Anyone who has prayer requests, return an email to me and I will see that they are passed along to Sue. Nothing is too tough for God! Give Him (and her) your worries, your concerns, your difficult problems, your joys. The typed requests can be with lots of information ("My son, Ted Hanson, who is stationed in Iraq from Martha Hanson) or they can be more anonymous (the future of my son and his family from a worried mom).
You have a week, then I will 'cut and paste' all of the messages together and forward them to Sue, to be read and shared with her African-bound friends, the middle of August.
Printable Issue 605  Today is Friday, August 5th, 2005; Karen's Korner #605
Earlier this week I wrote about my experience with a philodendron; and today's is a "Chicken Soup for the Soul" about a grandma, mom, and granddaughters and buying the same kind of plant:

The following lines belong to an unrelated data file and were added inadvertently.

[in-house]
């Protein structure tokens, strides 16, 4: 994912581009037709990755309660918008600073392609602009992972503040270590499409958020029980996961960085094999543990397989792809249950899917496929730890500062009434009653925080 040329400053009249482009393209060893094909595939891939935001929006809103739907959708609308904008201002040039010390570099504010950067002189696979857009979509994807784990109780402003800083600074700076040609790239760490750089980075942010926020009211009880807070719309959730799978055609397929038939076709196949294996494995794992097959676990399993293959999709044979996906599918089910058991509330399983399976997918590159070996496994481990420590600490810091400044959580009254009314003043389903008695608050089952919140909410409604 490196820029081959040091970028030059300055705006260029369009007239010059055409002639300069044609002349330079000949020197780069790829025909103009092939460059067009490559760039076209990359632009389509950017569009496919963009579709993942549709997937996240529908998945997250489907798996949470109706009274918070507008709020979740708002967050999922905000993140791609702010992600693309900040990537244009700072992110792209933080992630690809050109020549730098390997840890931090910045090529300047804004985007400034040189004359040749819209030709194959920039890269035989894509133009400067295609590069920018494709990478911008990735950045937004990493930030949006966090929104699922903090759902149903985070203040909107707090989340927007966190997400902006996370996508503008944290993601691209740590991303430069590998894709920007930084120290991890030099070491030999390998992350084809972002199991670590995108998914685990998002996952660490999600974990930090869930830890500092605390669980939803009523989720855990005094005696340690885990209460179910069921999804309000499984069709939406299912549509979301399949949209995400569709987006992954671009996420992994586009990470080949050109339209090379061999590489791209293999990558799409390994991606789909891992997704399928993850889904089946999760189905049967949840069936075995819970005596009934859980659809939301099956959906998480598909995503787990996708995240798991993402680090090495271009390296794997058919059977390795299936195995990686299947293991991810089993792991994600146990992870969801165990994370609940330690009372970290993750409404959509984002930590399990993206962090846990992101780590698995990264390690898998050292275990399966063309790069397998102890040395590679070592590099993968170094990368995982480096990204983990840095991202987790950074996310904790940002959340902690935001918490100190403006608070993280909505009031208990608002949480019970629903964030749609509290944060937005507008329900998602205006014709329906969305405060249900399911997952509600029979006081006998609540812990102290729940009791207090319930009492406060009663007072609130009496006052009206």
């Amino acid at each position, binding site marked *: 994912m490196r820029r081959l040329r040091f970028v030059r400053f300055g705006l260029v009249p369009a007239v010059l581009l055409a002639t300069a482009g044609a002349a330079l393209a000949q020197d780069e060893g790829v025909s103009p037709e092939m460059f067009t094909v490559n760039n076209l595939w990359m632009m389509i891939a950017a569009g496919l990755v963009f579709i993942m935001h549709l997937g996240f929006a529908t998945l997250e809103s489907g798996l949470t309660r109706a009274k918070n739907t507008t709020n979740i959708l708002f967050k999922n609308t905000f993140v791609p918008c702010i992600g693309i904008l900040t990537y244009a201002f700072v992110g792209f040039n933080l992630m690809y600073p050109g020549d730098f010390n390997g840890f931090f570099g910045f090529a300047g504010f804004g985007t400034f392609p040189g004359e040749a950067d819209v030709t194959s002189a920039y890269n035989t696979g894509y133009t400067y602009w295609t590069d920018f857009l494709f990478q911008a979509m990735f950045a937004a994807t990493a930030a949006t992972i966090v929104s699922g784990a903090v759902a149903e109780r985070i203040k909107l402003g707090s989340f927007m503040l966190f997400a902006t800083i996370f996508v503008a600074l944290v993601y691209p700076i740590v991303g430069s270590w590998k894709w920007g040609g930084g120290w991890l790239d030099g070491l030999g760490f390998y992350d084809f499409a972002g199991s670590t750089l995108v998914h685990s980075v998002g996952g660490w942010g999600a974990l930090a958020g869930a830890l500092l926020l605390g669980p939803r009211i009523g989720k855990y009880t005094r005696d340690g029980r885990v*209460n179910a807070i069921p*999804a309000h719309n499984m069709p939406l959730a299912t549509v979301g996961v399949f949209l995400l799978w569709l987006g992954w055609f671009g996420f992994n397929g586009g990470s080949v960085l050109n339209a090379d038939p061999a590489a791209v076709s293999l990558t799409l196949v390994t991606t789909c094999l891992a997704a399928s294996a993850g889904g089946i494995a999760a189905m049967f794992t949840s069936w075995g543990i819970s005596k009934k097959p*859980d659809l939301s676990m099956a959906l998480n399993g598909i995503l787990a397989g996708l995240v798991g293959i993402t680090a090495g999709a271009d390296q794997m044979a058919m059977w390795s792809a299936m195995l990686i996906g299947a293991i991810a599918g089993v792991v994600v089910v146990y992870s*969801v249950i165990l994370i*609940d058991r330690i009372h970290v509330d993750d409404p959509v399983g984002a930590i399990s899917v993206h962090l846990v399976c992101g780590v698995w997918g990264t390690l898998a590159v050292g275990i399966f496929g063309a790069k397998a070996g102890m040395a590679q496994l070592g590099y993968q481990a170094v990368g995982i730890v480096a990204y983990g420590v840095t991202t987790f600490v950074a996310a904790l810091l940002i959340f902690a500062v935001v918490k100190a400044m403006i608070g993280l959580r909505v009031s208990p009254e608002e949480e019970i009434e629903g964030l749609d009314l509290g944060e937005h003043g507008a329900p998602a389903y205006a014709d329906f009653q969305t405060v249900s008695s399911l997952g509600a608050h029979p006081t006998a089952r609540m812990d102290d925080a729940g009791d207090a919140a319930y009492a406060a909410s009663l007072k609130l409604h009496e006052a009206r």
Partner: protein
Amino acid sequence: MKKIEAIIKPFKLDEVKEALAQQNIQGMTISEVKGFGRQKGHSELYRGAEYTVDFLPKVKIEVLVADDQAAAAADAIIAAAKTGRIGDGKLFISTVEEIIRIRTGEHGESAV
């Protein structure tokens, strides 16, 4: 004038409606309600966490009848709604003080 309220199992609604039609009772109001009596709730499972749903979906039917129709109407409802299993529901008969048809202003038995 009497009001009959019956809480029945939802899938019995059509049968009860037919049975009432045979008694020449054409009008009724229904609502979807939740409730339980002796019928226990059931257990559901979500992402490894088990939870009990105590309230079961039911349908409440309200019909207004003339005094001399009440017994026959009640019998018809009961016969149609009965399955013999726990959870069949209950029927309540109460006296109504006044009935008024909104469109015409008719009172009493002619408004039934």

The Mother's Day Gift
By Joan Sutula

     It was a beautiful spring day in early May when I picked up my two little daughters from my mother's house.  I was a single working mother and Mom was kind enough to baby-sit for me.  Putting a roof over my children's heads and food on the table were major expenses and ones I worked very hard to cover.  The bare essentials were the focus of my paycheck.
     Clothes, gas money, and an occasional repair of our car left little for discretionary spending.  Thankfully, I had a wonderful mother who was always there for us.
     As we were driving home Debbie, my six-year-old kindergartner, asked if we could go shopping for a Mother's Day present for Grandma.  I was tired and had many things to do at home, so I told her I'd think about it, and maybe in the morning we would.  Both Debbie and her four-year-old sister Cindy decided that was a definite plan and they were very excited about it.